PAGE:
RF in the Spotlight

Australia’s ‘deadliest natural hazard’: What’s your heatwave plan?

This article by Andrew Gissing and Lucinda Coates was published on

“Heatwaves are Australia’s deadliest natural hazard, but a recent survey has found that many vulnerable people do not have plans to cope with extreme heat.

Working with the Bushfire and Natural Hazards Cooperative Research Centre and the Bureau of Meteorology, my colleagues and I surveyed 250 residents and 60 business managers in Western Sydney and the NSW North Coast.”

Click here to read more.


Amri, A., Bird, D. K., Ronan, K., Haynes, K., and Towers, B.  Disaster risk reduction education in Indonesia: challenges  and recommendations for scaling upNat. Hazards Earth Syst. Sci., 17, 595-612, doi:10.5194/nhess-17-595-2017, 2017.

Amri, A. (2015). Challenges in implementing disaster risk reduction education: Views from the frontline in Indonesia. Macquarie University Sydney.

Blong, R., Enright, N., Grasso, P., Preservation of thin tephra.  Journal of Applied Volcanology.


Newsletter Volume17 Issue4
August 2018

  • Is the forward motion of tropical cyclones in the Australian region slowing due to anthropogenic climate change?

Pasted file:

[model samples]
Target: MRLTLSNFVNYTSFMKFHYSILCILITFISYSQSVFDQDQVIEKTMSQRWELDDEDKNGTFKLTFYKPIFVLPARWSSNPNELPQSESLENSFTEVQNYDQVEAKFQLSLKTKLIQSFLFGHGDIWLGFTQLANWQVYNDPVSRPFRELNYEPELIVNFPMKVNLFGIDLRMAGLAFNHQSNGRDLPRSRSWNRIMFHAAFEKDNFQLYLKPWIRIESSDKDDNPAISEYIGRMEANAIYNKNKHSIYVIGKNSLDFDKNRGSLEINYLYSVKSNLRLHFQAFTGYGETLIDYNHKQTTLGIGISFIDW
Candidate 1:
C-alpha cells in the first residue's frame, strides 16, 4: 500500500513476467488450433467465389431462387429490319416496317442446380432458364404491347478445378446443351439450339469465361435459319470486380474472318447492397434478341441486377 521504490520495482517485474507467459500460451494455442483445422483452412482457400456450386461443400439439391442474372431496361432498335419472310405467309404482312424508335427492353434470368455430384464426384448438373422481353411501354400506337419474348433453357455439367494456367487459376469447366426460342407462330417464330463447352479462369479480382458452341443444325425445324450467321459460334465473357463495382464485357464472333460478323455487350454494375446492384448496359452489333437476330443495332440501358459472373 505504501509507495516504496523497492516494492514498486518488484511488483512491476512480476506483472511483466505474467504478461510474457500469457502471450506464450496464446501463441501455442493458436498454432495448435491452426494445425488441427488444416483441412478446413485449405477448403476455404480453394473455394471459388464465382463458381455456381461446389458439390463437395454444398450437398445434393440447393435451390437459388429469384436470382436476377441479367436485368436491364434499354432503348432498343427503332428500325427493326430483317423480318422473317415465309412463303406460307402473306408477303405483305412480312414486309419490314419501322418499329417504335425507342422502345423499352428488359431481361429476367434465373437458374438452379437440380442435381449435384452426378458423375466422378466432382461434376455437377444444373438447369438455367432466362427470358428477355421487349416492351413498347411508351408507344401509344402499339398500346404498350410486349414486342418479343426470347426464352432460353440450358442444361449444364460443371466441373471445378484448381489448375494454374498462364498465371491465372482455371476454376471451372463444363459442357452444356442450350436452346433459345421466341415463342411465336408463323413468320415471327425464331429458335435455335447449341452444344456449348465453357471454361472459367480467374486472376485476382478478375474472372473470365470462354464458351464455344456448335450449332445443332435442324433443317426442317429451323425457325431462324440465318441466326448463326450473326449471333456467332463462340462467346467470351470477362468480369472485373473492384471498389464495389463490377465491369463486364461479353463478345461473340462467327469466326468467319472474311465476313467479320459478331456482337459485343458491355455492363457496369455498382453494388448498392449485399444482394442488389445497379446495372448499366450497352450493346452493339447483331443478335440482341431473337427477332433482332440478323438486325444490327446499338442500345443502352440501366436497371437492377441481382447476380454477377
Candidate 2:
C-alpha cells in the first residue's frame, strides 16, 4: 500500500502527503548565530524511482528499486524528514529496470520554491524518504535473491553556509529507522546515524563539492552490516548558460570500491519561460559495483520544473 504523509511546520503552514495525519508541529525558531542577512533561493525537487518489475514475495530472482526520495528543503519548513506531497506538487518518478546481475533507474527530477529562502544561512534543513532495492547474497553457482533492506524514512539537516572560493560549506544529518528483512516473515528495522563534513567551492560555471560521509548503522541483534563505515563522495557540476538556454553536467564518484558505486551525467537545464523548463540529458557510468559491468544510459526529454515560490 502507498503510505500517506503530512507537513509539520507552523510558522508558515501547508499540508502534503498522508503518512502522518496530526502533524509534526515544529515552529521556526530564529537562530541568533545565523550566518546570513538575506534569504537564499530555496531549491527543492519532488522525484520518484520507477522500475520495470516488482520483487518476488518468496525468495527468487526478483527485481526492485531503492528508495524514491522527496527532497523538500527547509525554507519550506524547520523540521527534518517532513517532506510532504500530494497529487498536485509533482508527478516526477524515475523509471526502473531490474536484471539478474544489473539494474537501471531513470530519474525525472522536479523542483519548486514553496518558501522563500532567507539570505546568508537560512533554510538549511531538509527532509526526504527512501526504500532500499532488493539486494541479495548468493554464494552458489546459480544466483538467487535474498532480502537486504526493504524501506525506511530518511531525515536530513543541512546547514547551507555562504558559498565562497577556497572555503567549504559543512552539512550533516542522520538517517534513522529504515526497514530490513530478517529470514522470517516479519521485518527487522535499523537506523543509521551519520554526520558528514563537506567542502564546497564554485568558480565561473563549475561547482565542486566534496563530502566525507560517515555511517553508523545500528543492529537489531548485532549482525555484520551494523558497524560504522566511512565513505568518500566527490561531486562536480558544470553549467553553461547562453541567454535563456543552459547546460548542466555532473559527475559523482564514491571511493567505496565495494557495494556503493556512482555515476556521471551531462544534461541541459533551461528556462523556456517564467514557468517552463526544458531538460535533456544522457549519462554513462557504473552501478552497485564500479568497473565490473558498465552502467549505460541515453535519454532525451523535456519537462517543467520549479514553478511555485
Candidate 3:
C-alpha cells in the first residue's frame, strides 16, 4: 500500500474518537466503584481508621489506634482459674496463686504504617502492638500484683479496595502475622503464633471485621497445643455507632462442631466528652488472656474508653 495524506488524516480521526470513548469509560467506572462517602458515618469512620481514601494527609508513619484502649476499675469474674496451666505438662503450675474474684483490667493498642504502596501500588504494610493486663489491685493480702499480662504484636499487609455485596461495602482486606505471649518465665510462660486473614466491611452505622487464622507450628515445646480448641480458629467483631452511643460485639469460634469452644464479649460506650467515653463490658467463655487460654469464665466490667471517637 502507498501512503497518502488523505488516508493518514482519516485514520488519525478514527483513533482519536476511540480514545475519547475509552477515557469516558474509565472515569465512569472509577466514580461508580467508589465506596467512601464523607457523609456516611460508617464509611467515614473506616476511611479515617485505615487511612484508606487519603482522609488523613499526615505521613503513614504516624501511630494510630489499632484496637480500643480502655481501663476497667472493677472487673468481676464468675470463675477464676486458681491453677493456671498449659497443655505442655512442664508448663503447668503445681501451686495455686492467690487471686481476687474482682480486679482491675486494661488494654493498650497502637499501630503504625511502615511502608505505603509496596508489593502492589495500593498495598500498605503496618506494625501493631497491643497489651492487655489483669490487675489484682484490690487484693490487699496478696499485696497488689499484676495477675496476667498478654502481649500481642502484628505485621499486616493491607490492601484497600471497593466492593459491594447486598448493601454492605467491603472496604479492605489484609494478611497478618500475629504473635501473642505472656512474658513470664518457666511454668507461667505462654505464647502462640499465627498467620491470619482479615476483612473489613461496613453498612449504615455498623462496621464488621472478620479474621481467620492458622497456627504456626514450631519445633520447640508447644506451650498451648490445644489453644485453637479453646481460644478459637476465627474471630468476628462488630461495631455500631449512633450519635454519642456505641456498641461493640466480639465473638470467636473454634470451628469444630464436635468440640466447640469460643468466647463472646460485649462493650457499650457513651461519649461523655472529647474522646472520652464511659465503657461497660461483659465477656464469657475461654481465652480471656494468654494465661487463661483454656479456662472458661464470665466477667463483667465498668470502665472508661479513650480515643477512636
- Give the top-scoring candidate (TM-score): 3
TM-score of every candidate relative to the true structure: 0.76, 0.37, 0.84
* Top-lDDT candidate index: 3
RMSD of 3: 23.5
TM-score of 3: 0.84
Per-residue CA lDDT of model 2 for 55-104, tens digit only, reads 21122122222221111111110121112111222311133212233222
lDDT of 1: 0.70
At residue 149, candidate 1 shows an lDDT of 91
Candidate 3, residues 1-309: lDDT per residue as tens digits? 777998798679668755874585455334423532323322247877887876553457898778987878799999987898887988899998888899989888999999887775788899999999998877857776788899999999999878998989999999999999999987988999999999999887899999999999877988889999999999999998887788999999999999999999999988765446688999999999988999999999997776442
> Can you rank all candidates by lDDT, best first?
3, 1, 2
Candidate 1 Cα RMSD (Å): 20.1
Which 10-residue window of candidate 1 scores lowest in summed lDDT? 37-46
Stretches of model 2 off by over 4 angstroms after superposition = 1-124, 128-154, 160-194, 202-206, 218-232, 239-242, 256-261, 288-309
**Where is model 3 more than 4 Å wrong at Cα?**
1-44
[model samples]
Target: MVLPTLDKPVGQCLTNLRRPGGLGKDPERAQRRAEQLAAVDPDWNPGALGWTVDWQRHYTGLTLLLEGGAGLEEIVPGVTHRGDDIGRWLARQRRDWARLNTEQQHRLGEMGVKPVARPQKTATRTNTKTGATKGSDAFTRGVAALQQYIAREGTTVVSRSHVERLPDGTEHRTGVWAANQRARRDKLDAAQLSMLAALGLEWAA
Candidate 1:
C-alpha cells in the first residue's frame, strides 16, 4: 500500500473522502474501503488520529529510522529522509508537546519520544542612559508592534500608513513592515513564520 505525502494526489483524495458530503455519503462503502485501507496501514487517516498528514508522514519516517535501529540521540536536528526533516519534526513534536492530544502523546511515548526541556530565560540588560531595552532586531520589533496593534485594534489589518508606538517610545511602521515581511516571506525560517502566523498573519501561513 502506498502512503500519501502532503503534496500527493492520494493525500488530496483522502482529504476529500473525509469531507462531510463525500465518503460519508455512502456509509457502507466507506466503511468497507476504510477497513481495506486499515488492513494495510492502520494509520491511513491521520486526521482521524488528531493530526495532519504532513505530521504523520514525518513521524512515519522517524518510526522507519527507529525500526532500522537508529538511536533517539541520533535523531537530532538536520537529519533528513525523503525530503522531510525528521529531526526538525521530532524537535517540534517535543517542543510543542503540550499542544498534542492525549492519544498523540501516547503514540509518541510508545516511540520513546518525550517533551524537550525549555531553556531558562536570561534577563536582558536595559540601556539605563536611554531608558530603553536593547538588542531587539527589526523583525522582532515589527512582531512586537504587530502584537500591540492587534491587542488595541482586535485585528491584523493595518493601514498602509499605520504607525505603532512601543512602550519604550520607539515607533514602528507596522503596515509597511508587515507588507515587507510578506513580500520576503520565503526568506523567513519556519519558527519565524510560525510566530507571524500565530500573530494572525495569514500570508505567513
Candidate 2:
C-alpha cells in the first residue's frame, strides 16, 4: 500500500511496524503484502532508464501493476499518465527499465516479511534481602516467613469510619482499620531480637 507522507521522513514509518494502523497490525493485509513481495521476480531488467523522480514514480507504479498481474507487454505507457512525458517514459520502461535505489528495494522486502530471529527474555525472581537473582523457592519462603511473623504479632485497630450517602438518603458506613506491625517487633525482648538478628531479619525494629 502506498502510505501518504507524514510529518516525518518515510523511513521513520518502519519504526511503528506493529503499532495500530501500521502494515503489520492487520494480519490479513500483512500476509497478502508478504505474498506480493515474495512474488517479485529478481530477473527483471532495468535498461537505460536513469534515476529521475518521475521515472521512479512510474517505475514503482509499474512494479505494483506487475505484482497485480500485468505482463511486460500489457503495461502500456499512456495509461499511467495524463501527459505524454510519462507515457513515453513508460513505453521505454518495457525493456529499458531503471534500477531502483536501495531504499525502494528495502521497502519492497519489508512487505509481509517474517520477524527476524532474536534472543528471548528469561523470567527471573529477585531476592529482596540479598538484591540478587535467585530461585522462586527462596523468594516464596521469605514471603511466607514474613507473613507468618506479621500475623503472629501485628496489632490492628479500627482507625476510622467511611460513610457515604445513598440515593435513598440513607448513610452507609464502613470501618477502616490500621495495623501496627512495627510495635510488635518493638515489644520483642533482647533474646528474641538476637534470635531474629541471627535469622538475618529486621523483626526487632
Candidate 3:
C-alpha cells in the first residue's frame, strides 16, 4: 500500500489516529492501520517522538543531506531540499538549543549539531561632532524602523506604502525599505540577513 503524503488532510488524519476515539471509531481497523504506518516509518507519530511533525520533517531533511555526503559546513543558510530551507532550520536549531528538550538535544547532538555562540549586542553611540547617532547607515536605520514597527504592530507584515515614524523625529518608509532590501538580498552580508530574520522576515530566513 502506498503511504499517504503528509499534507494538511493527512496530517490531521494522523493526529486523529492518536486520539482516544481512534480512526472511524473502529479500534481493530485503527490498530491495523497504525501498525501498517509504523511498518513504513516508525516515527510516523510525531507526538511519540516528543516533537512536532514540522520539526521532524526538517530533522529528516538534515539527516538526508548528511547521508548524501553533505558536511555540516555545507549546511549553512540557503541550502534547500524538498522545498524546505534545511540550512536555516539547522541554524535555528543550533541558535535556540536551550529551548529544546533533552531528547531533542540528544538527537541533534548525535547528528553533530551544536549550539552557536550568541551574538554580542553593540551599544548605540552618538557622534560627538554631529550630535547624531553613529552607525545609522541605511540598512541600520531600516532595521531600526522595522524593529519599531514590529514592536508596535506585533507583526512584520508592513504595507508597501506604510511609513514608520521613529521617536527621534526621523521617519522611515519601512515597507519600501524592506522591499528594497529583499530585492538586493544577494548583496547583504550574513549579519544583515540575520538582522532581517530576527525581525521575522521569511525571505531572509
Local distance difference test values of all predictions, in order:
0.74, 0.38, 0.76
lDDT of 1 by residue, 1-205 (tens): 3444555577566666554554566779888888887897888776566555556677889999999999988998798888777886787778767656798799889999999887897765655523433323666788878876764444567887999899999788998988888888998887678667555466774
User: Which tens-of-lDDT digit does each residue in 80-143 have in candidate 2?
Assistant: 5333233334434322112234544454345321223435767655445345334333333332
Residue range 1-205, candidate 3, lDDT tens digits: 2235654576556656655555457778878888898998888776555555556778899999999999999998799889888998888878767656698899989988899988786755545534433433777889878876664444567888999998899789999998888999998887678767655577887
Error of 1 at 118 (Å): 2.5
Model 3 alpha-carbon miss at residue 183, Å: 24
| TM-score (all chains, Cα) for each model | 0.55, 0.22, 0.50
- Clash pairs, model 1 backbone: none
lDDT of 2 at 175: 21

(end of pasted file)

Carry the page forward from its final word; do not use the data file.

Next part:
• Risk Frontiers’ seminar series 2018
  • QuakeAUS 6.0

Newsletter Volume17 Issue3
May 2018

  • The new QuakeAUS: impact of revised GA earthquake magnitudes on hazards and losses
  • Tathra 2018 Bushfires

Newsletter Volume 17 Issue2
January 2018

  • Weather-related natural disasters 2017: was this a reversion to the mean?
  • The Hawaii nuclear alert: how did people respond?
  • Risk Frontiers’ Multi-Peril Workbench 2.4 has now been released

Newsletter Volume 17 Issue1
August 2017

  • A Natural Hazard Building Loss Profile for Australia: 1900-2015
  • Risk Frontiers’ Annual Seminar: A Provisional Programme
  • Weather-related Natural Disasters: Should we be concerned about a reversion to the mean?